Women and the Double-Edged Double Standard


It is no secret that the oppression of women
comes in many forms.  From stereotypes of
their “inferior” to the lack of equal representation and institutional
treatment, there seem to be an abundant amount of forces that in the way for
the equality of women, but I would like to focus on a more tangible force. I
speak to you today to address the assertion of physical violence against women.
As with the other ways societies hinder the rise of egalitarianism, physical
violence and the threat of it is a fairly effective deterrent for those who
seek the betterment of women. In this society, men tend to be socialized to be
“aggressive” in their pursuits. Though very few men become or possess this
socialized aggressiveness in proportion to the whole, there are “some” in which
display some of such negative qualities. Women on the other hand in this
society are somewhat socialized to be submissive to the pursuits of men. This
is turn leads to some conflict. The common location of such conflict is in the
household in the form of domestic abuse. The reason why this is so is because
of the ever-changing role of women in the household. Women as a whole are more
driven to do their own thing nowadays than being bound by restrictions of being
submissive to the husband. An example of this can be seen in Will you please
take 10 minutes to talk to me
by Penny Freeman and Miriam Kalman Harris, an
interview concerning a husband turned abusive due to the wife not following his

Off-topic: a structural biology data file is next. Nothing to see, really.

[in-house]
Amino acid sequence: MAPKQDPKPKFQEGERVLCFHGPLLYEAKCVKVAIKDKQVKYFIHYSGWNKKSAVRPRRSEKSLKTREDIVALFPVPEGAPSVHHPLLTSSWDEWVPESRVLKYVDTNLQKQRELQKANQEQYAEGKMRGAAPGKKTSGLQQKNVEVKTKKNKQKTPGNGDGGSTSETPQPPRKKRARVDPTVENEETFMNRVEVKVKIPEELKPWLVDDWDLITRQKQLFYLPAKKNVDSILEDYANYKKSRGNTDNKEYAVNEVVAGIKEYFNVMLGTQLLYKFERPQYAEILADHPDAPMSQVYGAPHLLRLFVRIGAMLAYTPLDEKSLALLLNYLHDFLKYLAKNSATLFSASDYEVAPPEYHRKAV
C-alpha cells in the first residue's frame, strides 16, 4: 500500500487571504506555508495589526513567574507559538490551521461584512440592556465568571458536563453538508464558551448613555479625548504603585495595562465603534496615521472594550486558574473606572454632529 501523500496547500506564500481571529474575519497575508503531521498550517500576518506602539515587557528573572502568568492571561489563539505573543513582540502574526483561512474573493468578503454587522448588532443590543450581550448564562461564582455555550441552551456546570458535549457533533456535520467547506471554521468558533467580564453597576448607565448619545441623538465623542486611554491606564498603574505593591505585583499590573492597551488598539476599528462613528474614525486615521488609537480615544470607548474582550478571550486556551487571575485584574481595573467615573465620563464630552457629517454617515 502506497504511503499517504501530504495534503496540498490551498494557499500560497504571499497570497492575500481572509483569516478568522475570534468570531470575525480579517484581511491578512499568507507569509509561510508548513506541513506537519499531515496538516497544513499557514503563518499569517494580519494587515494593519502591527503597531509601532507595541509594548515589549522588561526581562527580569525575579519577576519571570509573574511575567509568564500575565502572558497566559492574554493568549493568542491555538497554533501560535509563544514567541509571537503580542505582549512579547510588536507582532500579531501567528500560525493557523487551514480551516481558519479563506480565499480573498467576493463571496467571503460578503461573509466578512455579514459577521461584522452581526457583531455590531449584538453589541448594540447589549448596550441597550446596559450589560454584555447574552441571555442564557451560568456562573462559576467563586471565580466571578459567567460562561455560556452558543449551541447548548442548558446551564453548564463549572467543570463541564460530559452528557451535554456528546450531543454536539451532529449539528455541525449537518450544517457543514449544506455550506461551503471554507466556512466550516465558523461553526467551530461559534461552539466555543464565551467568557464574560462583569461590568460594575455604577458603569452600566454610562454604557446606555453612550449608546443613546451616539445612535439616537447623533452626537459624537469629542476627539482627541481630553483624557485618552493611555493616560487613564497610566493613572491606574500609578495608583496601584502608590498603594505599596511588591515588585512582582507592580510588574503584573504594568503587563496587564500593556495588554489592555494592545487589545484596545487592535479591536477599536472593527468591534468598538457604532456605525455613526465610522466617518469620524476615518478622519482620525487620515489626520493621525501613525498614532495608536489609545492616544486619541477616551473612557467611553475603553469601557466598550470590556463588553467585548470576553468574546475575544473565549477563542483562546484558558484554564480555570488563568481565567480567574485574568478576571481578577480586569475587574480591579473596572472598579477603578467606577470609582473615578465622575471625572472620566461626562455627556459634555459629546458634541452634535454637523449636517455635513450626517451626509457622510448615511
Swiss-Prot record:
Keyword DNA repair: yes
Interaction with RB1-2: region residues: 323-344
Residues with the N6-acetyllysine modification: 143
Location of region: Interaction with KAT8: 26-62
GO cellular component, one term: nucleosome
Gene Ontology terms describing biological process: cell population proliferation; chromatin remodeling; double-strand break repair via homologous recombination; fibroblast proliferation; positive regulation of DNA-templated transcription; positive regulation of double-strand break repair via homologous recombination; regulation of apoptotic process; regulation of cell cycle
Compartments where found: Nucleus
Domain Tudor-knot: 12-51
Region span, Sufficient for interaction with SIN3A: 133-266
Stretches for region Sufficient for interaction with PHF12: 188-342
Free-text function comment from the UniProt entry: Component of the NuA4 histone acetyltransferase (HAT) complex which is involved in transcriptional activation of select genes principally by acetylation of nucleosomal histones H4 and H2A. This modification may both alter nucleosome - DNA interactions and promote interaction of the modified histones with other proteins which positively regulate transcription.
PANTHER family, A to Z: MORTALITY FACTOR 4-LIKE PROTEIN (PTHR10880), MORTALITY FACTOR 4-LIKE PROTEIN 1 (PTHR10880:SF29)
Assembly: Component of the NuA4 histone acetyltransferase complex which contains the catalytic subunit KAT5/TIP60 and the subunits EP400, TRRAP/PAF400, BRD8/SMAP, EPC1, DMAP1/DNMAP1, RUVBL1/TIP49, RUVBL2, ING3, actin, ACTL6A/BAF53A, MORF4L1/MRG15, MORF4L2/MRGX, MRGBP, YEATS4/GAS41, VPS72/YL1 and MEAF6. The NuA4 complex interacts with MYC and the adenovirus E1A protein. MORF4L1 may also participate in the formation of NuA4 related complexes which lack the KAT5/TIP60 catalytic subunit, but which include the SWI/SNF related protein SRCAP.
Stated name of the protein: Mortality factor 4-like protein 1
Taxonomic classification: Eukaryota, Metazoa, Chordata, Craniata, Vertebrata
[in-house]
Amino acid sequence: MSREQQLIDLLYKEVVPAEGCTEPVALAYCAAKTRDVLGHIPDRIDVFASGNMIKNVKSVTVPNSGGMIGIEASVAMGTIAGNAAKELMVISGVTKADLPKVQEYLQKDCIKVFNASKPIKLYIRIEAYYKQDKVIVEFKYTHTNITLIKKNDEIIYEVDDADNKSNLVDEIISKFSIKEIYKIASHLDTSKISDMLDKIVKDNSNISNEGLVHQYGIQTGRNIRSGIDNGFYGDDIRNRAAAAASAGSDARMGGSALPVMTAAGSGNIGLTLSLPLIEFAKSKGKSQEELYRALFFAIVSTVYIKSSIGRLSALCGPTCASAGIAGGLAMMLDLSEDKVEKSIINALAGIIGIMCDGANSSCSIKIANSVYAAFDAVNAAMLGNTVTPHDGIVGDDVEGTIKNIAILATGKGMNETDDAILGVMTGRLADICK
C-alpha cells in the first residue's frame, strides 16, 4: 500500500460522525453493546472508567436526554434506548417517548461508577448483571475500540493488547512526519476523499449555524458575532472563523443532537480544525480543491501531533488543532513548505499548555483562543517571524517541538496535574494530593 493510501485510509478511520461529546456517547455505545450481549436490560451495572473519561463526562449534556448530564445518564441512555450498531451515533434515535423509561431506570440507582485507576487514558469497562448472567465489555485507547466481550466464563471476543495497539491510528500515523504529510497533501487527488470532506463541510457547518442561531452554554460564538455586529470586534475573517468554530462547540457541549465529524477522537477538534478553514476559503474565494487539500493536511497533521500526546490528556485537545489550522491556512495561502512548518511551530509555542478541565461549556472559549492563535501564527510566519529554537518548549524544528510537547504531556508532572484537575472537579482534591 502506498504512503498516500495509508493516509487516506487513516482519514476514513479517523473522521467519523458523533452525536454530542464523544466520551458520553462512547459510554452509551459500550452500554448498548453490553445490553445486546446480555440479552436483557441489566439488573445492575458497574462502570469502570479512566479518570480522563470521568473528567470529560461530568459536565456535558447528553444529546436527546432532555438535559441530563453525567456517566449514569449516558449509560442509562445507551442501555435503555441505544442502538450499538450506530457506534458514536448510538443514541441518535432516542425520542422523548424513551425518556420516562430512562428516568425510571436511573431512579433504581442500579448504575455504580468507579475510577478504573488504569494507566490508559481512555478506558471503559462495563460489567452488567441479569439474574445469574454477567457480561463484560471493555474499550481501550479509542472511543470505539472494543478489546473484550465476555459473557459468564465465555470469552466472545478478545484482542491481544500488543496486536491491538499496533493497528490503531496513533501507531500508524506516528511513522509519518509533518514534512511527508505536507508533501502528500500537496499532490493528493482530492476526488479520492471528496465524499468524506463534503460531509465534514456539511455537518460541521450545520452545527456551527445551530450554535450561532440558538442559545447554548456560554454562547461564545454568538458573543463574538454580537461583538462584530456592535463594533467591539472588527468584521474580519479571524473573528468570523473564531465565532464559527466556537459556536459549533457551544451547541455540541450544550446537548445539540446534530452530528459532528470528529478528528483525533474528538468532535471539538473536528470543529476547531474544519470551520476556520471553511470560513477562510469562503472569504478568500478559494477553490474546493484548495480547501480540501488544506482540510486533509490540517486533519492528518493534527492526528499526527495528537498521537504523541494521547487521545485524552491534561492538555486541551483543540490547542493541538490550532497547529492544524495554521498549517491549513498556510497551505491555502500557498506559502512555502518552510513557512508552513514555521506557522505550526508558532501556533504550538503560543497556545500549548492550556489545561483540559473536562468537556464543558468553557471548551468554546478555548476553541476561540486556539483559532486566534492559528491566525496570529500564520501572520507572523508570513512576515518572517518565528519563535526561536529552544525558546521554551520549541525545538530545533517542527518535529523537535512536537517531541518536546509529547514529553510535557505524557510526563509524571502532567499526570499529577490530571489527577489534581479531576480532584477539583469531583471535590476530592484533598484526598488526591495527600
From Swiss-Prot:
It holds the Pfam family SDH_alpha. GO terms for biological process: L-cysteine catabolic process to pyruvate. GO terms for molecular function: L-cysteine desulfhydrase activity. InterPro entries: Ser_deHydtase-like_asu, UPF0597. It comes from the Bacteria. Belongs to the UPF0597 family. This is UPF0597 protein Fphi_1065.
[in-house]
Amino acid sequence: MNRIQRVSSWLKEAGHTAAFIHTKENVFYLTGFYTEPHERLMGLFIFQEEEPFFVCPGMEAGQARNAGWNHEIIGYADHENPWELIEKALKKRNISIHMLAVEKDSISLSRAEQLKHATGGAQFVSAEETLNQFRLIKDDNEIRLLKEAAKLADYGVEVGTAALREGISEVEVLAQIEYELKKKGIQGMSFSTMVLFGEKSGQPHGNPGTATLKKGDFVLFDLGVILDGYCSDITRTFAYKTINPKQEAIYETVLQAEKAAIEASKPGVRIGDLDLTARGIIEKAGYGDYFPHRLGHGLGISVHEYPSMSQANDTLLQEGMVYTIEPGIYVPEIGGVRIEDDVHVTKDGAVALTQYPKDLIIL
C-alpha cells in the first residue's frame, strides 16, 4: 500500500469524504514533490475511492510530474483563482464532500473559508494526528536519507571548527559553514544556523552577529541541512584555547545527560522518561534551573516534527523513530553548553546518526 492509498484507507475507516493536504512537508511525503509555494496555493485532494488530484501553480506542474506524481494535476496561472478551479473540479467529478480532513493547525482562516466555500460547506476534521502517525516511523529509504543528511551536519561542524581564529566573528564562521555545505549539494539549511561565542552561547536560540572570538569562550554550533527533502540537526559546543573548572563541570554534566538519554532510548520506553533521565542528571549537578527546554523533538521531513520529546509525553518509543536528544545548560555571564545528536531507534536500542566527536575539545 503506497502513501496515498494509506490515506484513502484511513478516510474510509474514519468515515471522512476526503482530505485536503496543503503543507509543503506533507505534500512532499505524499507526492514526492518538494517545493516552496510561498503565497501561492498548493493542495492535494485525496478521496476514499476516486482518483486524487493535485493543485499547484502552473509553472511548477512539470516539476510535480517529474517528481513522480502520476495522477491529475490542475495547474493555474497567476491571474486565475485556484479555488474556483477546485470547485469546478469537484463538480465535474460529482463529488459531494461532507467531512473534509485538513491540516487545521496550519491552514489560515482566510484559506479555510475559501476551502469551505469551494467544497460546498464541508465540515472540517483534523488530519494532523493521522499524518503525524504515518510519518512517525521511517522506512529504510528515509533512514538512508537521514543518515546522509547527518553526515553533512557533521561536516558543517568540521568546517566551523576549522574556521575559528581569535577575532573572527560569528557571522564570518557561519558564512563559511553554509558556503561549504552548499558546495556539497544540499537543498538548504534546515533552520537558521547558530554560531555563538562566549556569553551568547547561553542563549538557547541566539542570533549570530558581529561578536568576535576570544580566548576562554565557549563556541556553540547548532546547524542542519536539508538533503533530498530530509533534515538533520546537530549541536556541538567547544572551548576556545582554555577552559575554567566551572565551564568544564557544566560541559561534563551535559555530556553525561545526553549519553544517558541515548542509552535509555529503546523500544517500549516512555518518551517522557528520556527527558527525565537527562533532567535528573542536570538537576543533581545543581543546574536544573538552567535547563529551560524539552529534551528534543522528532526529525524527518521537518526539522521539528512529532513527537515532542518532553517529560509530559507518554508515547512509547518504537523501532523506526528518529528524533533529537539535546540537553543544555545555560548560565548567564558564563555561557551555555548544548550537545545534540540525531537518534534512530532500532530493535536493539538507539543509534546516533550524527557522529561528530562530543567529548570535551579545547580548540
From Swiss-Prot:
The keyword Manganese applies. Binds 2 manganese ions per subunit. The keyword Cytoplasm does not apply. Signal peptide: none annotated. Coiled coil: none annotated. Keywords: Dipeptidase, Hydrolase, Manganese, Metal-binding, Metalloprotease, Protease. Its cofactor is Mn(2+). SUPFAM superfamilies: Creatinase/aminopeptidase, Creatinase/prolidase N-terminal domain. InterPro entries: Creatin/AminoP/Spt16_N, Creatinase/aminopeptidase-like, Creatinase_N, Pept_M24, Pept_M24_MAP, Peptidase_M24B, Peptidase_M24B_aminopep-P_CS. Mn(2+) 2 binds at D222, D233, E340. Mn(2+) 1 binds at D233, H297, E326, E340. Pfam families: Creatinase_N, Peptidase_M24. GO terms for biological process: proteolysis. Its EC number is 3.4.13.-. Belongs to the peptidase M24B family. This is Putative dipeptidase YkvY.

commands. Such a scenario is a common reason for why violence is initiated
against women in the domestic setting. Women are under the threat of physical
harm if they don’t obey men. To note something else from this reading, the
victim of the abuse felt that such a situation was normal till it got out of
hand.  This is an example of a result of
the social molding that women are subjected to. Make no mistake though, such
problems are present in all levels of professions and society. But, how are
women in such situations able to break away from such a cycle of patriarchal
hierarchy? Are they to go it alone under the threat of physical harm, or should
they just wait and bide their time for equality to gradually absorb into the
society? In such a case, I say fight on. Do not let fear drag you down. Men are
encouraged to be aggressive in their pursuits, so I urge women to do the same.
Not aggressive physically, but in spirit toward their pursuits.

Logan Young 2010-002

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